In October 2010, 3rd Battalion, 5th Marines started clearing the Taliban insurgency from the Sangin District in the Helmand Province of Afghanistan. Once 3rd Battalion, 7th Marines handed over the area of observation to 3/5, things escalated quickly, making this campaign one of the bloodiest in American history.
Marines who headed out to clear the enemy-infested area were met by a dangerous environment and an extremely complicated IED threat — as a result, casualty rates climbed.
Eventually, the actions of the Marines of 3/5 were unofficially dubbed, "Bangin' in Sangin." The narrative that unfolded there was very close to that of a story set in the Wild West. Here's why:
Paved roads were scarce
In most parts of the world, people drive on paved roads with designated lanes. Well, for British and American forces, the only option was to drive and patrol on roads made from loose gravel. The main roads in the district were described as nothing more than "wide trails."
Since the majority of the Sangin population uses animals to haul their cargo, in the troops' perspective, it was like jumping into a time machine and transporting back to the Old West.
The local cemeteries
How many Westerns have we seen where the cowboys, on horseback, encounter an eerie cemetery as they travel through uncharted land? Too often to count, right?
Well, Sangin was no different. Many of the graves were decorated with rocks and flags tied to wooden staves — just like the movies.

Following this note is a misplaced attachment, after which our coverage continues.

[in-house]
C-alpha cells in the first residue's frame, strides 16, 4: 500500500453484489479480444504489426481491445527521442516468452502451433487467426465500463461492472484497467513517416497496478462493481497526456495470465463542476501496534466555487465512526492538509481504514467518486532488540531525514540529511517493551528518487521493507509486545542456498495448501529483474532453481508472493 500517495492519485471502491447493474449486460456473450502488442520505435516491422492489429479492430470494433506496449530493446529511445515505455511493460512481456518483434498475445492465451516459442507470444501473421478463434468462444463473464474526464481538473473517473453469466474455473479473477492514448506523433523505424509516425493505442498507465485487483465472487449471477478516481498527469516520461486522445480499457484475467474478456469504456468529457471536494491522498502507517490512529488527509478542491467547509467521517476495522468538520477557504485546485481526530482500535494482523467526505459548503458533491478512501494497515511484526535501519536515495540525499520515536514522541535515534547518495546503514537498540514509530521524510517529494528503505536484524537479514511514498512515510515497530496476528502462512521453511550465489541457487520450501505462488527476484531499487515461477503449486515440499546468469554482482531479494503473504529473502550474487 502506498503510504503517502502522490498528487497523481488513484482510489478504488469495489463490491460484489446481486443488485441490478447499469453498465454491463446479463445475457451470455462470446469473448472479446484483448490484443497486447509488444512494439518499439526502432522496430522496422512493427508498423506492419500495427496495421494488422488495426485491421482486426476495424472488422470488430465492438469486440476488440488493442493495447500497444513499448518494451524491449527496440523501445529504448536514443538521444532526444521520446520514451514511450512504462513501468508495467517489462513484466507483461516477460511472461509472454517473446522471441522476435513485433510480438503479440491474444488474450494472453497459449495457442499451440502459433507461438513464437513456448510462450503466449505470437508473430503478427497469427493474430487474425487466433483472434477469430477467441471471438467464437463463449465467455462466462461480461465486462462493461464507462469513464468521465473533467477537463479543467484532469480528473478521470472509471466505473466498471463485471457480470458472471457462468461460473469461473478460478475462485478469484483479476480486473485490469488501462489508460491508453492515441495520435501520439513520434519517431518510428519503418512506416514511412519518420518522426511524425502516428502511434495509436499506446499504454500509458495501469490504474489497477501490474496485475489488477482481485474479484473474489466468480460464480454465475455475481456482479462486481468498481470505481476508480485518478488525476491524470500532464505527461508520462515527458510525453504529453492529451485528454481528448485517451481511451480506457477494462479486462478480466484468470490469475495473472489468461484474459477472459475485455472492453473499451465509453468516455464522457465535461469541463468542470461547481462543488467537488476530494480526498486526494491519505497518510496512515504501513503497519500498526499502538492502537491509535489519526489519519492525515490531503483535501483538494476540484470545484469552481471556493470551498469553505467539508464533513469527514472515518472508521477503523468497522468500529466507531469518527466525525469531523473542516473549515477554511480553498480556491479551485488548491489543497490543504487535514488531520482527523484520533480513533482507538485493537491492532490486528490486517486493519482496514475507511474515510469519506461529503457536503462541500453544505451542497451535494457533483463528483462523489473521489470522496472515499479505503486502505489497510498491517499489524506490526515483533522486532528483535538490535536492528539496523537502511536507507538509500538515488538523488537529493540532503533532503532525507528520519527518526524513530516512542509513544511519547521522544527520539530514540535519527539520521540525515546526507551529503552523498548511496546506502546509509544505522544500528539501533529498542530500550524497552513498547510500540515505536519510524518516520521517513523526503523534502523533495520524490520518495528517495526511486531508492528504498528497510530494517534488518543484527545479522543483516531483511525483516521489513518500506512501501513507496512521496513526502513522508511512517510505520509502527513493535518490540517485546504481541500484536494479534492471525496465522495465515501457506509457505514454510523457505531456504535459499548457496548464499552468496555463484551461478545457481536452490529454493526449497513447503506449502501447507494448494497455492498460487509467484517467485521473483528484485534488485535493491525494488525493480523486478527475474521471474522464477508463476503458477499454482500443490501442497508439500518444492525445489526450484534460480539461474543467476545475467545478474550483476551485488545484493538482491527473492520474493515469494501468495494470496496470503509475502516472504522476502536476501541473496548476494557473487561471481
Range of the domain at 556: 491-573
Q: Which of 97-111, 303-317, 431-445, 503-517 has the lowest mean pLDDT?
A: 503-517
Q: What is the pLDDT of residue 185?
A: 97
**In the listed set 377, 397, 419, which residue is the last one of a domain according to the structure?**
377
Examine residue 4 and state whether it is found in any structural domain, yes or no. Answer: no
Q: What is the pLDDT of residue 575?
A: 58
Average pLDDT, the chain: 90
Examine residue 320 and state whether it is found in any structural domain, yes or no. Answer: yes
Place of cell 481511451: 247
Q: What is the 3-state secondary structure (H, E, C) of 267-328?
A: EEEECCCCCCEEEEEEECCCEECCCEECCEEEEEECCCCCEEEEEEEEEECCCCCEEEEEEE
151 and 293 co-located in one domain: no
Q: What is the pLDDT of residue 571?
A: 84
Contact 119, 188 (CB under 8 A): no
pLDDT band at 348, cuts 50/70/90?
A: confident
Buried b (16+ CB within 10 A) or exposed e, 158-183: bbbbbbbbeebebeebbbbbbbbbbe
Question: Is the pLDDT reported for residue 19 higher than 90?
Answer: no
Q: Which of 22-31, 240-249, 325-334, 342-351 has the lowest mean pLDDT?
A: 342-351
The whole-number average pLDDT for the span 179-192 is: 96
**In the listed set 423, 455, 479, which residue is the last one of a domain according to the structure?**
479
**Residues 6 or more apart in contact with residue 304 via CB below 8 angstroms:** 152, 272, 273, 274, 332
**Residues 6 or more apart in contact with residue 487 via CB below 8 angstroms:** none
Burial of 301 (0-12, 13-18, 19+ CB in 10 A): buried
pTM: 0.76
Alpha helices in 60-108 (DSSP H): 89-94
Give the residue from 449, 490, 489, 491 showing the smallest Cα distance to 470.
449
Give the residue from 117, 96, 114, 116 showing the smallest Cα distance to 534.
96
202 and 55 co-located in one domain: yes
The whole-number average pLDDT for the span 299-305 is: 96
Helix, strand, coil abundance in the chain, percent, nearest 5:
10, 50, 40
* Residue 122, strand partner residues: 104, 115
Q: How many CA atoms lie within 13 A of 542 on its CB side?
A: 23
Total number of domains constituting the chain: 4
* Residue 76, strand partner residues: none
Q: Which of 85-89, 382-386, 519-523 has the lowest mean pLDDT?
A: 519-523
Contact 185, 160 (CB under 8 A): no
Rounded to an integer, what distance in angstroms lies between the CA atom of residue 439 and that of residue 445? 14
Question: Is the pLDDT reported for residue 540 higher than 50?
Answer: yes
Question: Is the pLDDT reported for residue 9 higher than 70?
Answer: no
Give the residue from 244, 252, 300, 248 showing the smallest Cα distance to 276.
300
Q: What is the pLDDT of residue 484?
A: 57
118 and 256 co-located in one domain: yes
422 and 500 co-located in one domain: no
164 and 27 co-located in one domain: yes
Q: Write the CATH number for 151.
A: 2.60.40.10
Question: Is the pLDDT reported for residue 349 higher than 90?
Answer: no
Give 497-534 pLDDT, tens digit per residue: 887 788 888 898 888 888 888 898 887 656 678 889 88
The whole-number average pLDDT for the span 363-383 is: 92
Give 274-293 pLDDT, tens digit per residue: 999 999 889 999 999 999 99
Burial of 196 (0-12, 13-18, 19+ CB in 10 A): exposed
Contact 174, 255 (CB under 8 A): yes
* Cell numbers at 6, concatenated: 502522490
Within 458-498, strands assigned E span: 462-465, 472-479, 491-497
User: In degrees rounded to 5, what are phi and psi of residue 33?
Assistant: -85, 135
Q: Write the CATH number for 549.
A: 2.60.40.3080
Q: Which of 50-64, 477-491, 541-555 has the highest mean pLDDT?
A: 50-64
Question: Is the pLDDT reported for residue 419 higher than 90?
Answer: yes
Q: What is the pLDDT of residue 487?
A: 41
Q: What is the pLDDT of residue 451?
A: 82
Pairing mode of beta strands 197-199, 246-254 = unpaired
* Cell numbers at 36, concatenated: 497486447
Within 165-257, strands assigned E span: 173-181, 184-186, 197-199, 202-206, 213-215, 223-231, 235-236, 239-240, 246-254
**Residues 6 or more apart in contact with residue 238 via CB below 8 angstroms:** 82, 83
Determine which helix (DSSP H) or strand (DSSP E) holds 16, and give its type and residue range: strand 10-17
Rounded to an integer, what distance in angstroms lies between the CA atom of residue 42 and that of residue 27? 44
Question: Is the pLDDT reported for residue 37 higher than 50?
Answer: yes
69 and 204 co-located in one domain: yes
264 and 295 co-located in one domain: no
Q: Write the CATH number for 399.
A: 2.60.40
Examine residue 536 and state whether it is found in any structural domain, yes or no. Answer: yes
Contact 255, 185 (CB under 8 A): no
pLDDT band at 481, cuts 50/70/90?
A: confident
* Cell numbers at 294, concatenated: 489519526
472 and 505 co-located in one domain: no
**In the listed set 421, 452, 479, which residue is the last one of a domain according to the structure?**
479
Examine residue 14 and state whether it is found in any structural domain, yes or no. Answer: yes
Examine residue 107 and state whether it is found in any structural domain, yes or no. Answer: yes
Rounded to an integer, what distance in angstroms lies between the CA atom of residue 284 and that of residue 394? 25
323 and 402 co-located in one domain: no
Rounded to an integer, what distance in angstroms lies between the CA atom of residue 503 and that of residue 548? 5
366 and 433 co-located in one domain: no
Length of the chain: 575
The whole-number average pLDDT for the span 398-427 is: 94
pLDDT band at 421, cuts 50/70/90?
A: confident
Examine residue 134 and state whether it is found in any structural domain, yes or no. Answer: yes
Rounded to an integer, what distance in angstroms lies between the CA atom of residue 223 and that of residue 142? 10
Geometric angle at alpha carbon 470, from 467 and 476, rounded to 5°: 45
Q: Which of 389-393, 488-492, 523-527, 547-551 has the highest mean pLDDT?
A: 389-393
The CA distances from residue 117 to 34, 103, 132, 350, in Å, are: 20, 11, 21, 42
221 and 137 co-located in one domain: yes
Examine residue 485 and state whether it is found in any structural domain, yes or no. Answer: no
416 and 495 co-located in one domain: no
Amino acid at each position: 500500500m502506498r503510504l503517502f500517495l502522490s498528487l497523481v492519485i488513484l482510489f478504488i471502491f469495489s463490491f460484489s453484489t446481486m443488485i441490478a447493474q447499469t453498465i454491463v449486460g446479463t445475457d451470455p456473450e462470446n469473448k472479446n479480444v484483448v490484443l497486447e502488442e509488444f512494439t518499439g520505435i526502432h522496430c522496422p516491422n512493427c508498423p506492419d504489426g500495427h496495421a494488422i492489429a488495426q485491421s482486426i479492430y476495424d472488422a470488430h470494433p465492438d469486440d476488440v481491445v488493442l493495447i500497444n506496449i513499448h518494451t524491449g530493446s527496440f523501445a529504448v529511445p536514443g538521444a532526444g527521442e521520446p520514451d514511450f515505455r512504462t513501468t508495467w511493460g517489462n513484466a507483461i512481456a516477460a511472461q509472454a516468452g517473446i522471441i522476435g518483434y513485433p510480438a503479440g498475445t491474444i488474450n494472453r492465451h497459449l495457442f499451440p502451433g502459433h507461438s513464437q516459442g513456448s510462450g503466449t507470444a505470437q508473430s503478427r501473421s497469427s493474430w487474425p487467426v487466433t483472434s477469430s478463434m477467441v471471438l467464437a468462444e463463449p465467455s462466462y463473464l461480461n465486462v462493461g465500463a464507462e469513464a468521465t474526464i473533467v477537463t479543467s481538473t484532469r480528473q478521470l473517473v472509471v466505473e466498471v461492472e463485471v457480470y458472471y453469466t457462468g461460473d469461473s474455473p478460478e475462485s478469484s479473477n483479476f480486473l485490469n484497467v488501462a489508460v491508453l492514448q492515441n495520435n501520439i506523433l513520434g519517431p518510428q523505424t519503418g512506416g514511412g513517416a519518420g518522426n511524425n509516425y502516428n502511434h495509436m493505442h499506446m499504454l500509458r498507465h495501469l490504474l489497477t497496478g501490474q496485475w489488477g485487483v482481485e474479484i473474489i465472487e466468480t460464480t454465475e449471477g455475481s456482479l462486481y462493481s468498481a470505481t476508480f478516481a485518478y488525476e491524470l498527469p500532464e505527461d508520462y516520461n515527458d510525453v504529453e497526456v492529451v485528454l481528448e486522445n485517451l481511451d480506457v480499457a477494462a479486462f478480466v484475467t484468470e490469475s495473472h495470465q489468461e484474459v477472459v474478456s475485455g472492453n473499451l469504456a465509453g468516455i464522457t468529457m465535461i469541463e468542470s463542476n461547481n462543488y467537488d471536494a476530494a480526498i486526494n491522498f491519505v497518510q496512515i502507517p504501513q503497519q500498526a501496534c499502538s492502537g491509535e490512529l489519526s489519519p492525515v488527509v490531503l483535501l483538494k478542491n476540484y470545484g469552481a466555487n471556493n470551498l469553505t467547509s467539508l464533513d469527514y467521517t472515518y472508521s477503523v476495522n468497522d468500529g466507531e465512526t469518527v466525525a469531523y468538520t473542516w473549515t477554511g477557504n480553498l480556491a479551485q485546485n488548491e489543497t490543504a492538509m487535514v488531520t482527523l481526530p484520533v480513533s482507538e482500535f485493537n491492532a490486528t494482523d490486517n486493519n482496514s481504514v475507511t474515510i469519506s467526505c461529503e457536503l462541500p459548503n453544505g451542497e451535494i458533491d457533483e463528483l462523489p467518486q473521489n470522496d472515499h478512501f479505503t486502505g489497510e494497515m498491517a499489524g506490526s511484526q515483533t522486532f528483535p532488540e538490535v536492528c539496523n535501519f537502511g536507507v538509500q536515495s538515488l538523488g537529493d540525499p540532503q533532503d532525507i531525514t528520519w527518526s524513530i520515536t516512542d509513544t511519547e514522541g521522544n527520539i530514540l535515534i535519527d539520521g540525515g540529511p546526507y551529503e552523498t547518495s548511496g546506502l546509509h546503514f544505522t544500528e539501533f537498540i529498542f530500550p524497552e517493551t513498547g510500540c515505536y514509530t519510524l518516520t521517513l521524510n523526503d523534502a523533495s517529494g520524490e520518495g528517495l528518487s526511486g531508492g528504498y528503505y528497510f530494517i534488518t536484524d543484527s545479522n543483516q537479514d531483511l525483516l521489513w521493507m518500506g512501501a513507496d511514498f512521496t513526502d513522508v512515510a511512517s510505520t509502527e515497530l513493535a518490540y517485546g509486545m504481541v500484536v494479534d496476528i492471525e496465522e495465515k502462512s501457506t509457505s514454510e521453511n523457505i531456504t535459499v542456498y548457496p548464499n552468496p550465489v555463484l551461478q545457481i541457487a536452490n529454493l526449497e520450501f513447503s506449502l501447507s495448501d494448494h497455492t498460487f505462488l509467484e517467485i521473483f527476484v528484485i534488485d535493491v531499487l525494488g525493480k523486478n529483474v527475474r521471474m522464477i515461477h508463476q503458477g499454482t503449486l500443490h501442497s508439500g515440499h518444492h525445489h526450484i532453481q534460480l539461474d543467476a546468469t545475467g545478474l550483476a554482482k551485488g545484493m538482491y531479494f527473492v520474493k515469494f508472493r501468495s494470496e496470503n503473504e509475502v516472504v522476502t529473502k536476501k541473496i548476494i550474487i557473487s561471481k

The nasty terrain
In many Westerns, the cowboys add days to their journeys because of some unmarked obstacle blocking their path, forcing them around.
In Sangin, the rough terrain provided for some unique challenges. Harsh conditions plus the fact that mud structures can be destroyed and rebuilt quickly made keeping maps current nearly impossible.
The locals lived in tribes
In the old days, Native Americans lived in settlements and did every they could to make ends meet while answering to the chief of the tribe. In Afghanistan, Marines commonly patrolled through similar villages — and the locals answered to their Islamic religious leader, known as the "Mullah."
Though modern in many ways, social organization on the local level remains tribal.
The Marines lived like cowboys
When Marines left the wire for several days, they packed ammo, food, and their sleeping system. Since they didn't know where they were going to be sleeping each night, Marines found rest in places most people couldn't even imagine.